Thinking about interacting with the customer at the start of the project? Who would argue against that? Well, it depends on what you call it. It also depends on whether you then do it without the benefit of the rest of the project team. Here, Ulrika Park helps us see what an agile approach to thinking about the requirements might look like.
Understanding what the business users are trying to achieve can significantly help you focus the project on things that really matter. In this excerpt from Gojko Adzic's book Specification by Example, the author offers some tips for effectively collaborating on the project scope when you don’t have high-level control of the project.
Keith Johnson is vice president of product development at Jama Software. in this Sticky ToolLook interview, he discusses some of the changes that agile development has brought to the requirements management process.
Should you diligently produce multiple big documents before testing begins? Consultant Fiona Charles argues that you should do that only if you believe that documentation is your product as a tester. If your product is information, you should instead minimize test documentation and engage with the software to build the product your stakeholders are paying for.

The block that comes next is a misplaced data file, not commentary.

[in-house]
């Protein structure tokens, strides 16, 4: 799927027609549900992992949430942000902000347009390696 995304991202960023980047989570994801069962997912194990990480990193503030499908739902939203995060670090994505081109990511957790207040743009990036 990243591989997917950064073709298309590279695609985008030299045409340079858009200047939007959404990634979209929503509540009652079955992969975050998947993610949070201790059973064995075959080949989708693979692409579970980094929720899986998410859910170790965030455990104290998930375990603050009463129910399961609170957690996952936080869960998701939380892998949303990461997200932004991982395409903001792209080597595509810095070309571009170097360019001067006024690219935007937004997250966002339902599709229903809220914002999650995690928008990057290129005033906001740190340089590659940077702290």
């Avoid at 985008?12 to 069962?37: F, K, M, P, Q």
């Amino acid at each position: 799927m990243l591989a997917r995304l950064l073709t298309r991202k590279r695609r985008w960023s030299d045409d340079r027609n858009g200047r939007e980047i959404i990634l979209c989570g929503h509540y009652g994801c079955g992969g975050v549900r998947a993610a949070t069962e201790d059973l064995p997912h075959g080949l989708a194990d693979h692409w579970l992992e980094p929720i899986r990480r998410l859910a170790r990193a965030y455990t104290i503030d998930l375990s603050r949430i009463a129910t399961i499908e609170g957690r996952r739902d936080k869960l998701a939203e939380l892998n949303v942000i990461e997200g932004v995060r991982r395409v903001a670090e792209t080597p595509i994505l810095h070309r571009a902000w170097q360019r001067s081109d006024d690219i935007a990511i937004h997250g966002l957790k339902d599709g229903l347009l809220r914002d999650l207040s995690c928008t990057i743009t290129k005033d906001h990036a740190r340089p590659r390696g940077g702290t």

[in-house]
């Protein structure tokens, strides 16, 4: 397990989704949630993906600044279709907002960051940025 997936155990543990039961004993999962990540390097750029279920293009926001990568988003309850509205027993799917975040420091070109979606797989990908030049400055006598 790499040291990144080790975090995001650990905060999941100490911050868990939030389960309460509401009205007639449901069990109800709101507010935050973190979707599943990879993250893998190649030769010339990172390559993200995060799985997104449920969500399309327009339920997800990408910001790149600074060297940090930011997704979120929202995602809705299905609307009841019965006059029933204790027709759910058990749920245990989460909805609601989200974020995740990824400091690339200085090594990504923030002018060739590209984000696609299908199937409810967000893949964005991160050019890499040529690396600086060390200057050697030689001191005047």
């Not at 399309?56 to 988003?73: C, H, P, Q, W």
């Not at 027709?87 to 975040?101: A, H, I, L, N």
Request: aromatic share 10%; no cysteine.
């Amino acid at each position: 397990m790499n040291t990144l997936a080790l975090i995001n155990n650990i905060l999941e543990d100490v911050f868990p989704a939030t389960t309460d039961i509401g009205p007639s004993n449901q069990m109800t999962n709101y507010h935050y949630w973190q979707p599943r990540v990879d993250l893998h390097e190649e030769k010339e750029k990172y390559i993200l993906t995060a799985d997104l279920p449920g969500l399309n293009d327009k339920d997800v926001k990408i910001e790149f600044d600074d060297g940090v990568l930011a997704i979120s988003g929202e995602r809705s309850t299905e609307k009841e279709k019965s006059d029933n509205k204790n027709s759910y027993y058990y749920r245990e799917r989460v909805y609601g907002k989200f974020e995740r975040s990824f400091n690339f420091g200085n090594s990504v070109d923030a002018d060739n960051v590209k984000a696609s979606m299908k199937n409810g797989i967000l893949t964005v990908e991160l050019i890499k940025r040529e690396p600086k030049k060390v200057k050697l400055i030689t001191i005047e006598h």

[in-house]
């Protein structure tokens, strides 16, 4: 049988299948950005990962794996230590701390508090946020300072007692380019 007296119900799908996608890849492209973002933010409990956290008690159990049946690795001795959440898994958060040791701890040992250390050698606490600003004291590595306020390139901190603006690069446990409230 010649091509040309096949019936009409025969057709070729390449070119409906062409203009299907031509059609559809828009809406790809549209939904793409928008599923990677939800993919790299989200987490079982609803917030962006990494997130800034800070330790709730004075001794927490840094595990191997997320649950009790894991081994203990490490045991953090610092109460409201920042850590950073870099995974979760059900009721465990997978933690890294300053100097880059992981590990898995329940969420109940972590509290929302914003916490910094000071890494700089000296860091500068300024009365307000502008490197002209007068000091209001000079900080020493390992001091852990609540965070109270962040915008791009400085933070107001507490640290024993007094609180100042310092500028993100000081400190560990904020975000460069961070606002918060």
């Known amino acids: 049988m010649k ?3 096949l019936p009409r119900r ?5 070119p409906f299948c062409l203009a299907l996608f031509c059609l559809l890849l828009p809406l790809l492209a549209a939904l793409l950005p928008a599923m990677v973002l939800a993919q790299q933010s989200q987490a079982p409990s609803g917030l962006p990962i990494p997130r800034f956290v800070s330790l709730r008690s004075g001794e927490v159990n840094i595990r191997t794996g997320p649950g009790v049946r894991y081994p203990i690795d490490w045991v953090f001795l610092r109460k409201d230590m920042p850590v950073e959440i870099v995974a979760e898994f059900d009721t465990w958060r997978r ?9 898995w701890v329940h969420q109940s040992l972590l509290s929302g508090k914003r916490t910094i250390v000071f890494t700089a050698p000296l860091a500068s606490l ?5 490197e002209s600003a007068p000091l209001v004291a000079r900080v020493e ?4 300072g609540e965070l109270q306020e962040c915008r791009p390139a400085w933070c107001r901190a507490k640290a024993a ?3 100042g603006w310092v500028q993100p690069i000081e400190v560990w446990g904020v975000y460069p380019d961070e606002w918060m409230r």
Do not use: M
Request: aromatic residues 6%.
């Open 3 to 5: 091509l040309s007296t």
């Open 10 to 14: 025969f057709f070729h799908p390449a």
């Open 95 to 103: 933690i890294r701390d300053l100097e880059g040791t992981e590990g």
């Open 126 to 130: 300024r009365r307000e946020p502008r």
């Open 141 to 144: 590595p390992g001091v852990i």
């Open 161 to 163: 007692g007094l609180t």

Your applications need to meet business needs, overcome complex processes, and provide instant results to customers. And, ideally, they’ll require minimal rework on your part. The first step to success is requirements definition. Here, Filip Szymanski offers some tips from agile methods that will improve your requirements—even if you haven’t otherwise adopted agile.
When Mary Gorman and Ellen Gottesdiener facilitated a game called The Backlog Is in the Eye of the Beholder for the Boston chapter of the International Institute of Business Analysis, both the players and the facilitators learned some important lessons in organizing a project requirements backlog. In this article, they describe the game and what it revealed, including the value of truly knowing your stakeholders.
Trust is more than a feeling. In a project, it is something that can be grown from careful planning and development of good requirements. Ellen Gottesdiener describes three types of trust which can be built from good requirements and team management.
The components of software processes work together in important and sometimes unrecognized ways. The removal of one of those components will affect the others. In this article, which originally appeared in the August 2010 issue of the Iterations eNewsletter, Jennitta Andrea takes a look at the value of acceptance test-driven development and the costs of making it an optional practice.
Requirements risks are among the most insidious risks threatening software projects. Whether it is having unclear requirements, lack of customer involvement in requirements development, or defective requirements, these troubles are a major culprit in projects that go awry. As requirements expert and agile coach Ellen Gottesdiener explains, agile practice can go a long way in mitigating those risks.